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In with the New

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Expert Varnishing Tips—In with the New

gleaming brightwork

By Capt. Bill Pike

Hicks’s application of a new finish begins with an “extremely light and fast” once-over with 220-grit paper, followed first by a wipe-down with a rag (he always uses white cotton to obviate soluble dyes from discoloring the wood) dampened with mineral spirits and then by a second wipe-down with an Awlgrip ( tack cloth. “The best tacks come from Awlgrip,” he says. “They are very absorbent but not overly sticky.”

Next come from five to seven coats of Awlspar M3131 classic spar varnish, the first thinned with Awlspar Brush Reducer to a 50-percent-varnish/50-percent-reducer ratio and the second to an 80-percent-varnish/20-percent-reducer ratio. The reason Hicks goes with Awlspar M3131 is that it penetrates wood—and especially teak—so deeply and thoroughly. He goes with a 220-grit once-over between coats and, for thoroughness sake, lets each dry overnight, despite the five-hour drying time noted on the can. Then he begins building coats using a comparatively expensive, classic product from Pettit: Flagship High-Gloss Varnish. In most cases he lets the stuff also dry overnight and, to develop “a little toothiness,” sands between coats “very, very lightly” with either 320- or 400-grit paper. “For a genuinely durable, long-lasting finish,” he concludes, “you need at least nine coats of varnish on a given surface and I’d say 15 coats is optimum.”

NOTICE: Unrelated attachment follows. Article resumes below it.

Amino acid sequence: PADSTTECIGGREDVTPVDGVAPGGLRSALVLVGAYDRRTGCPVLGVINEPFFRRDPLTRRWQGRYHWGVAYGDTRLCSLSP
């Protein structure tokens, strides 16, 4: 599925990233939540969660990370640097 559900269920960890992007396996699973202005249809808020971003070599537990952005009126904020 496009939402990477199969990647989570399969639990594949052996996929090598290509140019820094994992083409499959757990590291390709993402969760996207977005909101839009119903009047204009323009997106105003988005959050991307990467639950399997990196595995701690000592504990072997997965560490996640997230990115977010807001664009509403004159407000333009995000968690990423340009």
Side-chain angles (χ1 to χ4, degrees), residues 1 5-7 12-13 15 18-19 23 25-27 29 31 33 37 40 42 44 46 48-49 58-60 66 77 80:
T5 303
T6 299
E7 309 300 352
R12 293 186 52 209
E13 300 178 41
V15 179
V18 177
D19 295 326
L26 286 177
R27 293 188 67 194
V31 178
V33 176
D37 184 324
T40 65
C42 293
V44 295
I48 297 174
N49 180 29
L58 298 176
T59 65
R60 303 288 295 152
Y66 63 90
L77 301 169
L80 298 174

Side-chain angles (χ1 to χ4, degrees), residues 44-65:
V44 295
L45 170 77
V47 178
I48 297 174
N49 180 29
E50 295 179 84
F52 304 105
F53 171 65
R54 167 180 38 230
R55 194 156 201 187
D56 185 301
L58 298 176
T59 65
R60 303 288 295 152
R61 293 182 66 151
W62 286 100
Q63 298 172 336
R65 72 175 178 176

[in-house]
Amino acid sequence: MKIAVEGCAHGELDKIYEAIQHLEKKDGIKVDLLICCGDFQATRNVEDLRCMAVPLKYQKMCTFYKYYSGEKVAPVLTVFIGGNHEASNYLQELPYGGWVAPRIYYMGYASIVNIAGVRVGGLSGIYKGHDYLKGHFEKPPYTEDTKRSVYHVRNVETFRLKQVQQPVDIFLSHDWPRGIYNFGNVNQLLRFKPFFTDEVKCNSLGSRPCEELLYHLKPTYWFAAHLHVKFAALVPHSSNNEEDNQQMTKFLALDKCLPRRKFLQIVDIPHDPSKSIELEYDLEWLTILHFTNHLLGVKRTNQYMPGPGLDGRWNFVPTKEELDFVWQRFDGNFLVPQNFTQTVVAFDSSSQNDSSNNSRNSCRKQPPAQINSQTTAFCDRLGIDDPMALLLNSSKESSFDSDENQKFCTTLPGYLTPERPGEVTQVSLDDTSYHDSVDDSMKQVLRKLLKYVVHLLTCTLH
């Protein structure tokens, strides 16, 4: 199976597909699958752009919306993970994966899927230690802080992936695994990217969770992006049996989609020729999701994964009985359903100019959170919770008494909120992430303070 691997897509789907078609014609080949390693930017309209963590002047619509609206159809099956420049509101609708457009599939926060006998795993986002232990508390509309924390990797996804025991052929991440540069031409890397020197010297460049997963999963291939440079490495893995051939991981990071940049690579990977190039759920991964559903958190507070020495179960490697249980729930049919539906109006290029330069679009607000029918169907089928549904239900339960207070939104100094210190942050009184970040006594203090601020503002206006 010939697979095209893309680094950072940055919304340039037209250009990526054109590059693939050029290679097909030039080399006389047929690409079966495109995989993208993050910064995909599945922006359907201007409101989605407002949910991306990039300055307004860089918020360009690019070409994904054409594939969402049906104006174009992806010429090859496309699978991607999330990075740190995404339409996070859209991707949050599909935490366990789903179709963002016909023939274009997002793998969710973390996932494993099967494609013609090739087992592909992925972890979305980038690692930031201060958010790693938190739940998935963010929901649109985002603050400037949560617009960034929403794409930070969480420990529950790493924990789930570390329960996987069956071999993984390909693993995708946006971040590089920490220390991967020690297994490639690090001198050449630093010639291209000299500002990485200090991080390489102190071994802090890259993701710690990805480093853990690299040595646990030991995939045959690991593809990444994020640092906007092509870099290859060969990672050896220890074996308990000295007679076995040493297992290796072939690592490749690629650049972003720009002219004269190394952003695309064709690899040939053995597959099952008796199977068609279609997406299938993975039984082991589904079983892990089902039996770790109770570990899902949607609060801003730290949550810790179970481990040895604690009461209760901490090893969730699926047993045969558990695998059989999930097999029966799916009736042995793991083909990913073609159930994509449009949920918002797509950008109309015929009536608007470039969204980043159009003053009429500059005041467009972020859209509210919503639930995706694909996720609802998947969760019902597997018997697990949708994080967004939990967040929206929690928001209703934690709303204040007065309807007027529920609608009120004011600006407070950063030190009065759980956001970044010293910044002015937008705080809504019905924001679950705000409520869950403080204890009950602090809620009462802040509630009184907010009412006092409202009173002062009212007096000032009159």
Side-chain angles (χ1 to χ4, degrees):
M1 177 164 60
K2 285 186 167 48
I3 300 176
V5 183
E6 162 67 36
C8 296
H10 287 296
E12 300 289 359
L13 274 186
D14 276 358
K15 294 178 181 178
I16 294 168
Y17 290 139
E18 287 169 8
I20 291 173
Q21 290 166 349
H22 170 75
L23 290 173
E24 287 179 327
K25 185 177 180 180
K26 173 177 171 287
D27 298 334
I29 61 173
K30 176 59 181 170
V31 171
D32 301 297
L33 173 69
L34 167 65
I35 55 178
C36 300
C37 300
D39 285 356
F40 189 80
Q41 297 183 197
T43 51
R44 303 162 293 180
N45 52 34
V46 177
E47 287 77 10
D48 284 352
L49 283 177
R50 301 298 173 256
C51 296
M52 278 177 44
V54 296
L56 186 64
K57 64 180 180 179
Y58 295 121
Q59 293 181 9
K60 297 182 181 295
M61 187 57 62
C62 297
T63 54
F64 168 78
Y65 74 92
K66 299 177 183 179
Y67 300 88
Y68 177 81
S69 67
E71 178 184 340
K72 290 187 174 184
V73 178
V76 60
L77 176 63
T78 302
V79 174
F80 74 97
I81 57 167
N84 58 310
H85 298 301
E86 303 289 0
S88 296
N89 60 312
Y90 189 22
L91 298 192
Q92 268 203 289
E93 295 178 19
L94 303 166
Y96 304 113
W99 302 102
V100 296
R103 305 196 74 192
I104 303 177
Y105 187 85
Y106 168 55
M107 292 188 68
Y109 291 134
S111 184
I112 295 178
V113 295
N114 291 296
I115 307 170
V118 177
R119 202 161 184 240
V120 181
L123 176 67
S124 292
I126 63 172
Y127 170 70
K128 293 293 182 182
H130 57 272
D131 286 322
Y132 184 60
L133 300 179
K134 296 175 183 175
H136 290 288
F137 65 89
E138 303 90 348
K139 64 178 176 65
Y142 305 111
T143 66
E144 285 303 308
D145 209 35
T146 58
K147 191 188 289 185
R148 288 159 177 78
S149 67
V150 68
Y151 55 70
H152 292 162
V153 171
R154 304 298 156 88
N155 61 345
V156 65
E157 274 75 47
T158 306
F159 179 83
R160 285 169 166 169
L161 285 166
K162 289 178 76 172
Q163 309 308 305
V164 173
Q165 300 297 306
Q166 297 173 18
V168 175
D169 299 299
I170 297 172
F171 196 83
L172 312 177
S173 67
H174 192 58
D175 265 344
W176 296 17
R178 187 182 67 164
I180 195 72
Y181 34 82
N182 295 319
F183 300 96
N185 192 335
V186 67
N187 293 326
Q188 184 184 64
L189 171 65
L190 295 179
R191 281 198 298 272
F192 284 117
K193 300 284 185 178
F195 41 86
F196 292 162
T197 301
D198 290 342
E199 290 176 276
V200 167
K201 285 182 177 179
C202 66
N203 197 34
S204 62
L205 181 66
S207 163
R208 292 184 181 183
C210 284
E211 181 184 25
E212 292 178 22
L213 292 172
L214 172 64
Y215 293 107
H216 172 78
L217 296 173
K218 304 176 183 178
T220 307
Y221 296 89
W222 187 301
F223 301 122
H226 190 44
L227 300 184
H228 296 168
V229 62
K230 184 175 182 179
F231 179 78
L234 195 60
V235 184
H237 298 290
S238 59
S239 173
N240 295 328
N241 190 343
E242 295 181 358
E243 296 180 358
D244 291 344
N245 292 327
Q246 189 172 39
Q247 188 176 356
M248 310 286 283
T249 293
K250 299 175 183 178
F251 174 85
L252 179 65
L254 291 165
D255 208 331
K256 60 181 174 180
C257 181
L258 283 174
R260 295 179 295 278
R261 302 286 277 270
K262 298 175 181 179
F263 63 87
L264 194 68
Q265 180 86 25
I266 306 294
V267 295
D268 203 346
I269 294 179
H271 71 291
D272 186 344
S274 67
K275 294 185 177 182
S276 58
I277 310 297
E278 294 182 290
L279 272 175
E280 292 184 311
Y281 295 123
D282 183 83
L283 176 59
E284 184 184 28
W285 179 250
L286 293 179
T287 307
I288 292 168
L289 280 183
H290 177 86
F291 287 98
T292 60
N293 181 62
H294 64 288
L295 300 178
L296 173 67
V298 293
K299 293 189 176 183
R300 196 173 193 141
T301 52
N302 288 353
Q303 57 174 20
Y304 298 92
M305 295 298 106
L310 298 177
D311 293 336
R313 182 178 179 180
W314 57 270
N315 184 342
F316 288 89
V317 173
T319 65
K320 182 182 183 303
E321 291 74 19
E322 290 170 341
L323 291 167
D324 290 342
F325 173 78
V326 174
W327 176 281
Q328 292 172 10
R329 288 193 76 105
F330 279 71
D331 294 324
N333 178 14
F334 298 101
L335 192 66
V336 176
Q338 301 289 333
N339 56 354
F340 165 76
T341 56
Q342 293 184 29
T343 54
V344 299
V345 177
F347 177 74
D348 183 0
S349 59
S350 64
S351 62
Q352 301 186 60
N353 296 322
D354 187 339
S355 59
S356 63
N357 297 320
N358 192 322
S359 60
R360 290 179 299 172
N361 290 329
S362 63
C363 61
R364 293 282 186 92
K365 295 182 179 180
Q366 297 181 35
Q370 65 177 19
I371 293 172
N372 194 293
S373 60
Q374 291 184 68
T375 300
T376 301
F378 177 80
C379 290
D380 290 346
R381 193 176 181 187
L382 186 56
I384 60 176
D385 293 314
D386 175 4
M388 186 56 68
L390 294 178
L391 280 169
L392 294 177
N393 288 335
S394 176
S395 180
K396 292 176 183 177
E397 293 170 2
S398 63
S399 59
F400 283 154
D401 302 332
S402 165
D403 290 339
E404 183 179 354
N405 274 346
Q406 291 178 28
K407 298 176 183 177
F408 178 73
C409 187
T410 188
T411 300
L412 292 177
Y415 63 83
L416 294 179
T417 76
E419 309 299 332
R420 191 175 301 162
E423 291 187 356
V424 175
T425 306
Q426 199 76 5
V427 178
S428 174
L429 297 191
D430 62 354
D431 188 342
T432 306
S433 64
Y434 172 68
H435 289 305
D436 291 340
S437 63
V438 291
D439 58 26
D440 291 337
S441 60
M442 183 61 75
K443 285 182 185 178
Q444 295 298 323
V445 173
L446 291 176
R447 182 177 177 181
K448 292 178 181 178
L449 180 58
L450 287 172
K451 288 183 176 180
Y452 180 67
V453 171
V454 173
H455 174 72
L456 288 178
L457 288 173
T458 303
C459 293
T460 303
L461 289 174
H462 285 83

He’s got a rule for thinning the Flagship. “I tell people to take a wooden stirring stick, immerse it in the varnish by about two inches, then lift it out,” he says, “and see how long it takes for the liquid to go from a steady stream to drip, drip, drip—three to five seconds is fine but anything more requires thinner. You get the right amount by adding a little and then repeating the test.”